- Blockchain continues to create buzz, with 74% of respondents in Deloitte's global survey citing a "compelling business case" for the use of technology in their organizations.
- Of these, 43% say their organization is already implementing blockchain in some way, while 41% plan to see the blockchain application within the next year.
- However, while more than half (59%) of early adopters believe that blockchain may shut down its industry, many see few instances of active use currently to meet this promise.
The survey included 10 global industries and three economic regions. Health and life sciences included 16% of respondents.
Organizations that already exploit digital technologies as a business strategy are adopting blockchain faster than traditional business organizations, but traditional ones are also raising blockchain mail in the hope that they will increase efficiency and support new business models and sources of revenue, according to the report.
The interest in the blockchain is high and companies do not want to be left behind if valid use cases are identified. Nearly 40% of respondents say their organization will invest at least $ 5 million in blockchain technology next year
At the same time, 44% of respondents believe that the blockchain is overhyped, from 34% of the Deloitte survey in 2016 , and there are complaints about "blockchain fatigue", the report says.
And although a majority (78%) of organizations fear losing competitive advantage if they ignore blockchain mania, a third question is whether they will see a return on investment in technology.
The results reflect current actions in the healthcare sector, where companies are proceeding with blockchain projects despite uncertainty about likely long-term use and long-term benefits.
In January, the startup supported by the American Medical Association Akiri launched a tool independent of the manufacturer that uses blockchain technology to securely transmit health information using codes. Recently, Walmart obtained a US patent for a system of medical records that would be stored in a blockchain database and retrieved by first responders in the event of an emergency.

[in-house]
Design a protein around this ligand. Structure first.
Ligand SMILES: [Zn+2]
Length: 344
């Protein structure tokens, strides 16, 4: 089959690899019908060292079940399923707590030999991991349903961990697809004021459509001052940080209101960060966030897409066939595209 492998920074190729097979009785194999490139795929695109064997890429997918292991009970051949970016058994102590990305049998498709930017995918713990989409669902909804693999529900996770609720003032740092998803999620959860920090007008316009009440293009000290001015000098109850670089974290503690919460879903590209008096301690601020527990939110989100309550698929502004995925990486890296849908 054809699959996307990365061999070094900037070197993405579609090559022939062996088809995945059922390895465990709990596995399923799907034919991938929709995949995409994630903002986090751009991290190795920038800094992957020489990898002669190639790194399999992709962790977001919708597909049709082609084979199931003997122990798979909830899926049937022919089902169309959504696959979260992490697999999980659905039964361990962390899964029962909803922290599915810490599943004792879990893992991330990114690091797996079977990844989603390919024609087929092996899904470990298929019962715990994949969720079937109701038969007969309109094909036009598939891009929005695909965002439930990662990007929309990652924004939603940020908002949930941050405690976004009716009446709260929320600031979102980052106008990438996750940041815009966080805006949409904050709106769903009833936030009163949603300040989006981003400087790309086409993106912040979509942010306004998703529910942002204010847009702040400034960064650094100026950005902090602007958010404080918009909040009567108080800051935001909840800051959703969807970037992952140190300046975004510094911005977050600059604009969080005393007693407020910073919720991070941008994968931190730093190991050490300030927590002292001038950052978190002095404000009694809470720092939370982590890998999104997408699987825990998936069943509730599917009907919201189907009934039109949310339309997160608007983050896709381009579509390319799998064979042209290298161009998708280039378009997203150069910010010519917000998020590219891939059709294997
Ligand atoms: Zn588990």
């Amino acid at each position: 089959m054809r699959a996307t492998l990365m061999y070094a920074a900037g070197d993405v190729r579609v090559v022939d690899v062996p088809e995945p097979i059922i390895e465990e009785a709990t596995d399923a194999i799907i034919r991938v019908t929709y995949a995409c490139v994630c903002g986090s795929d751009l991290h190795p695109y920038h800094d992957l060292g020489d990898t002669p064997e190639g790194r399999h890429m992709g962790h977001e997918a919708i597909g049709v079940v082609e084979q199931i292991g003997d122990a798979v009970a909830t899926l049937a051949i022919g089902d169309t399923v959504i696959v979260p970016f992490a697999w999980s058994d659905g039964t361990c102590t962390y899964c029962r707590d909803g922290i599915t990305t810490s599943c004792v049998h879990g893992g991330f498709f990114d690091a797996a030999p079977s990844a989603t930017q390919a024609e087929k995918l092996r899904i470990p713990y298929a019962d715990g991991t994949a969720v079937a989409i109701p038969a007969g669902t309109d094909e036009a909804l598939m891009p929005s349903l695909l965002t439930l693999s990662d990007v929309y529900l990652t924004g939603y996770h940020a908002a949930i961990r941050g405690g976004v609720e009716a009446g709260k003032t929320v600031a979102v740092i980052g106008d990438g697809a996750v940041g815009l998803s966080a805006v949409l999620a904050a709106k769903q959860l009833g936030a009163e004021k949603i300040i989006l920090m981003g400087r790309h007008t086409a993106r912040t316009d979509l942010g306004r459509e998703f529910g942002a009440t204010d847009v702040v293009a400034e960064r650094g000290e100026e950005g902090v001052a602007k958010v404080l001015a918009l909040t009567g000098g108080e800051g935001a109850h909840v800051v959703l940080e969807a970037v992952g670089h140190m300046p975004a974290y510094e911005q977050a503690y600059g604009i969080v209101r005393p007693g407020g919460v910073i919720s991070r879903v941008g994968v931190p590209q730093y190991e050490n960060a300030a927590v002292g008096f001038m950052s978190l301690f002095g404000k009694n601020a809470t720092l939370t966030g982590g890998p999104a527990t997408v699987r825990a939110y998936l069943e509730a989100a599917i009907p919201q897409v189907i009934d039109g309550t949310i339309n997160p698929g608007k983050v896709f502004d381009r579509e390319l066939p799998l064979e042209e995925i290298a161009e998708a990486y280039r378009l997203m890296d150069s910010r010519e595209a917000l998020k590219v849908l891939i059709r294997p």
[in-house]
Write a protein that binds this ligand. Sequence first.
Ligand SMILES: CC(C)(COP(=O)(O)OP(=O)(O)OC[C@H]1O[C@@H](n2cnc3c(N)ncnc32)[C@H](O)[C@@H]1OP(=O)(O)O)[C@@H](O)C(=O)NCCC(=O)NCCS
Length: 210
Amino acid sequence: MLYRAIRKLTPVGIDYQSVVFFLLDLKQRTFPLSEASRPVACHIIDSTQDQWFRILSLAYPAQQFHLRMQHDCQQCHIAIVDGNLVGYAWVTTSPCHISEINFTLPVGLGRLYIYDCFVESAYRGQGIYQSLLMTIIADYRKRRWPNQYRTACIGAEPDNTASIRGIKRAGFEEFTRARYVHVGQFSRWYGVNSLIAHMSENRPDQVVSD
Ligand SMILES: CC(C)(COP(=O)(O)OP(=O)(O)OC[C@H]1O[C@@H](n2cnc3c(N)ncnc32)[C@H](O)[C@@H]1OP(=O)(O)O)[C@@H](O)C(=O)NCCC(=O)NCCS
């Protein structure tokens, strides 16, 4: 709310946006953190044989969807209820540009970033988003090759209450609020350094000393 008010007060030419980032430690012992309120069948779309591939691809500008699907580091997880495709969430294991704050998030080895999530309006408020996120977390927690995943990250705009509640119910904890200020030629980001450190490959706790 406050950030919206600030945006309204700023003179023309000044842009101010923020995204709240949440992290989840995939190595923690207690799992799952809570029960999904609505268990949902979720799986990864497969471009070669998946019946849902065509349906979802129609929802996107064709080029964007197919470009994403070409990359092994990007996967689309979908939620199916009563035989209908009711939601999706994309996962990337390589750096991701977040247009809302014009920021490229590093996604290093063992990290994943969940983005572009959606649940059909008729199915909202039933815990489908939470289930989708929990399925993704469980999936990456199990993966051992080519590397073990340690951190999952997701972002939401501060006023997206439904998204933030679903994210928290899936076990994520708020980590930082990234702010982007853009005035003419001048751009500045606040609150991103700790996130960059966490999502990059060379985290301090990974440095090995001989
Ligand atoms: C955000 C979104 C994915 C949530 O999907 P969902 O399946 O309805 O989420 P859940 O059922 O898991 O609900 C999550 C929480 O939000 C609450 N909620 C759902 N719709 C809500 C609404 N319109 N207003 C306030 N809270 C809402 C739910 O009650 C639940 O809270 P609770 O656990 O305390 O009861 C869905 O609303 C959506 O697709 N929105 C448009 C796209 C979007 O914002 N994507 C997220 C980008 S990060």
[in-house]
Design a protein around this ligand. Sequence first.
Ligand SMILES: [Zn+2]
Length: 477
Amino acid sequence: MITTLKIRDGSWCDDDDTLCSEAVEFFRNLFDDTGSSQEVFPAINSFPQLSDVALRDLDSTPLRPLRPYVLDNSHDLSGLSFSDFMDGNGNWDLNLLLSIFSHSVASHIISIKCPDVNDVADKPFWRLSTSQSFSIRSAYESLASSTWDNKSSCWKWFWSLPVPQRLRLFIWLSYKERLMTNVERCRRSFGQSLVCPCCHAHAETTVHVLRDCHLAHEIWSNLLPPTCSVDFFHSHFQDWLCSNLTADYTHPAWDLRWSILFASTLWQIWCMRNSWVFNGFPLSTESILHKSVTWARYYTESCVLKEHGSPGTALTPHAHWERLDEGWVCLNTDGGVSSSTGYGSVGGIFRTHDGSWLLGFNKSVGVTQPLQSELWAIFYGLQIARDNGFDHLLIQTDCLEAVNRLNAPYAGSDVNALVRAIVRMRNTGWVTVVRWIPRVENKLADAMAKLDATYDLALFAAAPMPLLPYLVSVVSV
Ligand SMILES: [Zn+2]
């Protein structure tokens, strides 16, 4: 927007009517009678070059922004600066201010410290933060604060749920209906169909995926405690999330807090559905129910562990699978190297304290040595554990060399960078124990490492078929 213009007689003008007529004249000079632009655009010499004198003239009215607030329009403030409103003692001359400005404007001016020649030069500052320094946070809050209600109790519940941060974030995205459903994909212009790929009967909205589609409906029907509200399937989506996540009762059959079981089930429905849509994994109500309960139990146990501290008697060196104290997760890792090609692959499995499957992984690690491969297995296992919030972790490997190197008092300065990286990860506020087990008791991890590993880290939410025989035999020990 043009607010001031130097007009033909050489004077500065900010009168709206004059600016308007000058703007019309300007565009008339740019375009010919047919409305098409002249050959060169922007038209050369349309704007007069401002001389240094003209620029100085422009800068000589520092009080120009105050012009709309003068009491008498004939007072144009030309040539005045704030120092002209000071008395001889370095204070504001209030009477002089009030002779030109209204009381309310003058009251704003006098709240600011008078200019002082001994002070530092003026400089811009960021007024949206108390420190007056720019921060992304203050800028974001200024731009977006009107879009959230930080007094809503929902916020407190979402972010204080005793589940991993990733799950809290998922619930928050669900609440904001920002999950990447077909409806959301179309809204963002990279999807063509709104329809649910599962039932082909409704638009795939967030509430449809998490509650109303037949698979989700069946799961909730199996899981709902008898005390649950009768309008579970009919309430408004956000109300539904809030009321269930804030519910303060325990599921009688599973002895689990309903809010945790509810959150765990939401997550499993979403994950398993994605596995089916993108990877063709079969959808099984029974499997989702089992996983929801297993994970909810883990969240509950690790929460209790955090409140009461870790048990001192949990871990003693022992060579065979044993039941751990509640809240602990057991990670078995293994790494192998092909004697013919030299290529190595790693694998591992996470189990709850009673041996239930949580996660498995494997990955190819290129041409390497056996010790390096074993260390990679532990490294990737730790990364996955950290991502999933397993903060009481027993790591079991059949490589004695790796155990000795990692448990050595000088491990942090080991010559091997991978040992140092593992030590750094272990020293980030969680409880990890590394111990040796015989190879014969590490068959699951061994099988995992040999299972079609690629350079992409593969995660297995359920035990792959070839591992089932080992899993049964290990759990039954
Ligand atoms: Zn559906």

And Mount Sinai & # 39; s Icahn School of Medicine and Institute for Next Generation Healthcare have established a new dedicated research center to explore potential applications for blockchain in health and medical science.
Given its ability to improve interoperability, the Internet Data Corporation predicts that one in five of the healthcare organizations will use blockchain technology for operations and patient identification by 2020. But other use cases, such as encouraging patients to exchange data and optimize the quality and management of administrative data are largely conceptual at this stage, said Healthcare Dive Mutaz Shegewi, an analyst at IDC and the author of the report.
"Blockchain essentially brings with it some properties that could … be able to free up a lot of untapped value and the logic of this kind of silenced data reserves that we see in health systems," Shegewi said. Since health care must increasingly respond to a broader context – patients, families, the consumer demand for experiences – "this is bringing this need to exchange data and to be able to do so through solid and robust interoperability methods, "he added. 19659016] Top image credit:
Gettty / edited by Industry Dive